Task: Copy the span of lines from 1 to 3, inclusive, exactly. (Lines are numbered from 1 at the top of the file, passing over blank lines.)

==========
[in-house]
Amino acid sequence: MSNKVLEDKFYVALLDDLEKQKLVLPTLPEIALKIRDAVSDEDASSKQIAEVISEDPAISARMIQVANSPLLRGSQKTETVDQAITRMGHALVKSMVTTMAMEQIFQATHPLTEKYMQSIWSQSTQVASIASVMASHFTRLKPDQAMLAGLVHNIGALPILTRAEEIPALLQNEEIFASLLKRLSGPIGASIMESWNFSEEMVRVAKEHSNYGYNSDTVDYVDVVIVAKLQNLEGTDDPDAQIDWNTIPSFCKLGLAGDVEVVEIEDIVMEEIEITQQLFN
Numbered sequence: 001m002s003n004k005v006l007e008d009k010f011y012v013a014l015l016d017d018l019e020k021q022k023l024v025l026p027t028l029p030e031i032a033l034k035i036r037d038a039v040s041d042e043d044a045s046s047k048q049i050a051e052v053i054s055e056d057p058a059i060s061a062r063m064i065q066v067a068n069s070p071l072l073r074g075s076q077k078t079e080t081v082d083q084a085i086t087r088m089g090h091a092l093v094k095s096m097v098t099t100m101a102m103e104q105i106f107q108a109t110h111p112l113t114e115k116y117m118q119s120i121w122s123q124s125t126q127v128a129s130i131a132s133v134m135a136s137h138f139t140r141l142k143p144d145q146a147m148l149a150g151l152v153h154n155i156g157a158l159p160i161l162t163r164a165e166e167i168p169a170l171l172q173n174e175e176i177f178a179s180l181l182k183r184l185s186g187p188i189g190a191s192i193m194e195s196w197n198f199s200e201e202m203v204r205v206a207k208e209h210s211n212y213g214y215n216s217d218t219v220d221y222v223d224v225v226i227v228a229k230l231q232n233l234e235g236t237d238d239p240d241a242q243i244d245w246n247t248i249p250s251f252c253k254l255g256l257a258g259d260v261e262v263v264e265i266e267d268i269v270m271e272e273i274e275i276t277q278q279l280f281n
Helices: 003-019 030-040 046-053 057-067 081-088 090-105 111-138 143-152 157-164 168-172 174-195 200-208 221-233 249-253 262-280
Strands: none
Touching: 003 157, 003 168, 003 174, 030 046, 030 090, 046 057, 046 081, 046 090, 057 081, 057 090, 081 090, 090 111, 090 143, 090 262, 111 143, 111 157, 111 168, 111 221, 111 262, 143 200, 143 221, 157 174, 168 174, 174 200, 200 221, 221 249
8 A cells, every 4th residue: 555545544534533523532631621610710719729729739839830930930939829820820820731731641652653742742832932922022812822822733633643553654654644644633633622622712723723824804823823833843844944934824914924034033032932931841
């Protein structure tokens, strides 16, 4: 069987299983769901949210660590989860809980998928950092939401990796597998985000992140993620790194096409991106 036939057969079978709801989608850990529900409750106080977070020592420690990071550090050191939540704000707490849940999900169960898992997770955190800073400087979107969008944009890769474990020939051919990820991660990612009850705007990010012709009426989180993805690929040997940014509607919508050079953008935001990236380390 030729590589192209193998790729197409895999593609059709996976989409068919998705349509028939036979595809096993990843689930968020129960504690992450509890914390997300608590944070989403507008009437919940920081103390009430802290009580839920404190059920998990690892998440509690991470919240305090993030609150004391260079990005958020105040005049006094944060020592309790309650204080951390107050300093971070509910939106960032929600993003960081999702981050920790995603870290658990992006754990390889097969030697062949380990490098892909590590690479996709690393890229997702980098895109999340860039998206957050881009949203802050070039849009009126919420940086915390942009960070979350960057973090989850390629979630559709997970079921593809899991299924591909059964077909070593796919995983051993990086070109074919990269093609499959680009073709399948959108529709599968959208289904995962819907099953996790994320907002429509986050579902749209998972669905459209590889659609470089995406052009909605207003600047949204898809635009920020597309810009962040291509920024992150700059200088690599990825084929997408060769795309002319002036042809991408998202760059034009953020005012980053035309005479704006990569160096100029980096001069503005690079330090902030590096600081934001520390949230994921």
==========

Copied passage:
[in-house]
Amino acid sequence: MSNKVLEDKFYVALLDDLEKQKLVLPTLPEIALKIRDAVSDEDASSKQIAEVISEDPAISARMIQVANSPLLRGSQKTETVDQAITRMGHALVKSMVTTMAMEQIFQATHPLTEKYMQSIWSQSTQVASIASVMASHFTRLKPDQAMLAGLVHNIGALPILTRAEEIPALLQNEEIFASLLKRLSGPIGASIMESWNFSEEMVRVAKEHSNYGYNSDTVDYVDVVIVAKLQNLEGTDDPDAQIDWNTIPSFCKLGLAGDVEVVEIEDIVMEEIEITQQLFN
Numbered sequence: 001m002s003n004k005v006l007e008d009k010f011y012v013a014l015l016d017d018l019e020k021q022k023l024v025l026p027t028l029p030e031i032a033l034k035i036r037d038a039v040s041d042e043d044a045s046s047k048q049i050a051e052v053i054s055e056d057p058a059i060s061a062r063m064i065q066v067a068n069s070p071l072l073r074g075s076q077k078t079e080t081v082d083q084a085i086t087r088m089g090h091a092l093v094k095s096m097v098t099t100m101a102m103e104q105i106f107q108a109t110h111p112l113t114e115k116y117m118q119s120i121w122s123q124s125t126q127v128a129s130i131a132s133v134m135a136s137h138f139t140r141l142k143p144d145q146a147m148l149a150g151l152v153h154n155i156g157a158l159p160i161l162t163r164a165e166e167i168p169a170l171l172q173n174e175e176i177f178a179s180l181l182k183r184l185s186g187p188i189g190a191s192i193m194e195s196w197n198f199s200e201e202m203v204r205v206a207k208e209h210s211n212y213g214y215n216s217d218t219v220d221y222v223d224v225v226i227v228a229k230l231q232n233l234e235g236t237d238d239p240d241a242q243i244d245w246n247t248i249p250s251f252c253k254l255g256l257a258g259d260v261e262v263v264e265i266e267d268i269v270m271e272e273i274e275i276t277q278q279l280f281n